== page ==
President Obama could always count on the killing of Sept. 11 mastermind Osama bin Laden, who died one year ago, to bolster the argument he deserves reelection. But as he and his political allies have demonstrated this past week, they aren't content to use the terrorist's death only to build up Obama — they want to use it to tear down Mitt Romney.
Obama's campaign has transformed bin Laden from an implicit highlight of the president's own record into a political cudgel used to clobber his Republican opponent. Three of the country's most prominent Democrats — Vice President Joe Biden, former President Clinton, and Obama himself — have questioned whether Romney would have the courage to send special forces into Pakistan to hunt down bin Laden.
Even in an election that hinges on the economy, the charge is a land mine for Romney should it stick with the public. In effect, Obama is arguing the nation would have been robbed of one its great moments of triumph if Romney had been president — a potentially crippling blow against a man trying to prove he has the chops to be commander-in-chief. But making bin Laden's death a more overt issue on the campaign trail also poses significant risk for Obama, who is now vulnerable to criticism he's showing poor taste for dragging a transcendent accomplishment down into the mud of partisan politics.
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In either case, Obama made it clear on Monday he's not backing off. After Biden openly questioned whether Romney would have gone after bin Laden and Clinton cut a campaign ad praising the courage of Obama's decision, the president made his case personally during a press conference that Romney wouldn't have ordered the strike. Obama was referring to a comment Romney made in 2007, when he suggested it wasn't worth "moving heaven and earth" to go after the terrorist.
"As far as my personal role and what other folks would do, I'd just recommend that everybody take a look at people's previous statements in terms of whether they thought it was appropriate to go into Pakistan and take out bin Laden," said Obama, whose campaign released a seven-minute video that prominently featured the bin Laden killing. "I assume that people meant what they said when they said it. That's been at least my practice. I said that I'd go after bin Laden if we had a clear shot at him, and I did."
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"If there are others who have said one thing and now suggest they'd do something else, then I'd go ahead and let them explain it," the president added.
Rather than rise above the fray and let his actions speak for themselves, the comment is a signal Obama is intent on preserving the direct contrast between his record and what he says Romney would, or in this case wouldn't, have done. In other words, the president is keeping the pressure on his rival.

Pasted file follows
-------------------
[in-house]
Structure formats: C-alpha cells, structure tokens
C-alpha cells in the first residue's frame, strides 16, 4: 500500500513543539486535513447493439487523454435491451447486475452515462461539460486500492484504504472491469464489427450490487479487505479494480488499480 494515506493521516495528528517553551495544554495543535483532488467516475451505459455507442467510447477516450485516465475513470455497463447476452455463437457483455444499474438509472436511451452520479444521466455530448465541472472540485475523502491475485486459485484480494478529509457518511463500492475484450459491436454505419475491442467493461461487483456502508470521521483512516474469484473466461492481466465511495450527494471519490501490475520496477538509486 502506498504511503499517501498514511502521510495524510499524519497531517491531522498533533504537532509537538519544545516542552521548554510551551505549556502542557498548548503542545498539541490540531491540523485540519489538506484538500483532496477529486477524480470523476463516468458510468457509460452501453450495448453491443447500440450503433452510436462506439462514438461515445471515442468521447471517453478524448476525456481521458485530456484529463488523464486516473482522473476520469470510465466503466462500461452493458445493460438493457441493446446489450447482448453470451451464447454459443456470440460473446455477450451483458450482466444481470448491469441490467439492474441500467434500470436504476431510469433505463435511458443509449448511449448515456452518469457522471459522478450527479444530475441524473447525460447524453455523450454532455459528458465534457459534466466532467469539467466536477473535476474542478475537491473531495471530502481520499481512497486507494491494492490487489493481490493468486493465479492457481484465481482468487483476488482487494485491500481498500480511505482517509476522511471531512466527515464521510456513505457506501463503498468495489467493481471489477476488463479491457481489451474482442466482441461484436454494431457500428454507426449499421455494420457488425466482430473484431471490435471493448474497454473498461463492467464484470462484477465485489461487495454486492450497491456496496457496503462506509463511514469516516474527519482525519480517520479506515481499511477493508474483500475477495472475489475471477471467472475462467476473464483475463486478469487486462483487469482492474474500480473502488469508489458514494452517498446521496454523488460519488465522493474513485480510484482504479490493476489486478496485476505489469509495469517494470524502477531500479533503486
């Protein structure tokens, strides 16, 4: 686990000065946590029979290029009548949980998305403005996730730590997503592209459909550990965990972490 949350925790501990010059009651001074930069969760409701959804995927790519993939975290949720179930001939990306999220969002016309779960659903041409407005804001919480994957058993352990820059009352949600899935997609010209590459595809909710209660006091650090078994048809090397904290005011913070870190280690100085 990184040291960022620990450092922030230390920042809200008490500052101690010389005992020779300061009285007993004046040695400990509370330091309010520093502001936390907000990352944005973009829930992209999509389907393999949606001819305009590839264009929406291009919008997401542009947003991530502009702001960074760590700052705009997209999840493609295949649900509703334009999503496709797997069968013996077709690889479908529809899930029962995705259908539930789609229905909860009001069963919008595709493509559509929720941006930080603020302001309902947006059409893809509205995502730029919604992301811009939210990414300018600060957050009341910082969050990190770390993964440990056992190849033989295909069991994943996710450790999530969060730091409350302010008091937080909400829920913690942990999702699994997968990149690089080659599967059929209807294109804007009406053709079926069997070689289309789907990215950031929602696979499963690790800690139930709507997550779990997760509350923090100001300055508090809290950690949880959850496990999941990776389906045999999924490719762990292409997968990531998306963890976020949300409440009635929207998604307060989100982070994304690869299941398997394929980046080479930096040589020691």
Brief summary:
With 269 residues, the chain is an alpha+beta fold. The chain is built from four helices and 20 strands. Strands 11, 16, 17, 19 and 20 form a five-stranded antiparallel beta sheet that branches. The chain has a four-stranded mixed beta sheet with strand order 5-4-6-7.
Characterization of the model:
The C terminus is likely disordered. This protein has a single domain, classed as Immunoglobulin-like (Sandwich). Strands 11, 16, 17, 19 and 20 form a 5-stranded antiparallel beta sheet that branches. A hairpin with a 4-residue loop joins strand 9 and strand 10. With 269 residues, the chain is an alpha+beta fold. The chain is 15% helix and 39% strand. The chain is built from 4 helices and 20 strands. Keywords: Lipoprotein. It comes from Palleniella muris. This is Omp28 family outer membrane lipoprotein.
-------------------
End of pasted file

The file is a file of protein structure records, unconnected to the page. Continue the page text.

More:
"The Obama campaign certainly has to be careful in not overdoing it, but highlighting a success of the president is what political reelection campaigns are about," said Jamal Simmons, a Democratic strategist.
Republicans like Sen. John McCain of Arizona have argued that Obama already has overdone it. It's unseemly for the commander-in-chief to take political advantage, and criticize Romney, over a triumphant moment that should extend beyond partisan politics, they argue.
"This is one of the reasons President Obama has become one of the most divisive presidents in American history," Ed Gillespie, a senior Romney adviser, said on Sunday on Meet the Press. "He took something that was a unifying event for all Americans — an event that Governor Romney congratulated him and the military and the intelligence analysts in our government for completing the mission in terms of killing Osama bin Laden — and he's managed to turn it into a divisive partisan political attack."
Gillespie added that it was Obama's suggestion that Romney wouldn't have ordered the raid into Pakistan that makes Obama's use of the issue unseemly. And, indicative of how much bin Laden's death has now emerged as a political football, they're charging that moving ahead with the raid wasn't impressive.
"Even Jimmy Carter would have given that order," Romney said during a campaign stop on Monday in New Hampshire, referencing the onetime Democratic president many Republicans assail as the epitome of a weak leader. During the Iran hostage crisis, Carter ordered a U.S. military rescue operation on April 24, 1980, which resulted in a failed mission, the deaths of eight American servicemen and one Iranian civilian, and the destruction of two aircraft. The hostages were released shortly after Carter's successor, President Reagan, took office.
The Romney campaign has reason to fret about its candidate's foreign-policy credentials in the eyes of the public. A mid-April poll from CNN reported that when voters were asked which candidate could better handle the responsibilities as commander in chief, 52 percent picked Obama. Just 36 percent picked the former Massachusetts governor.
This article is from the archive of our partner National Journal.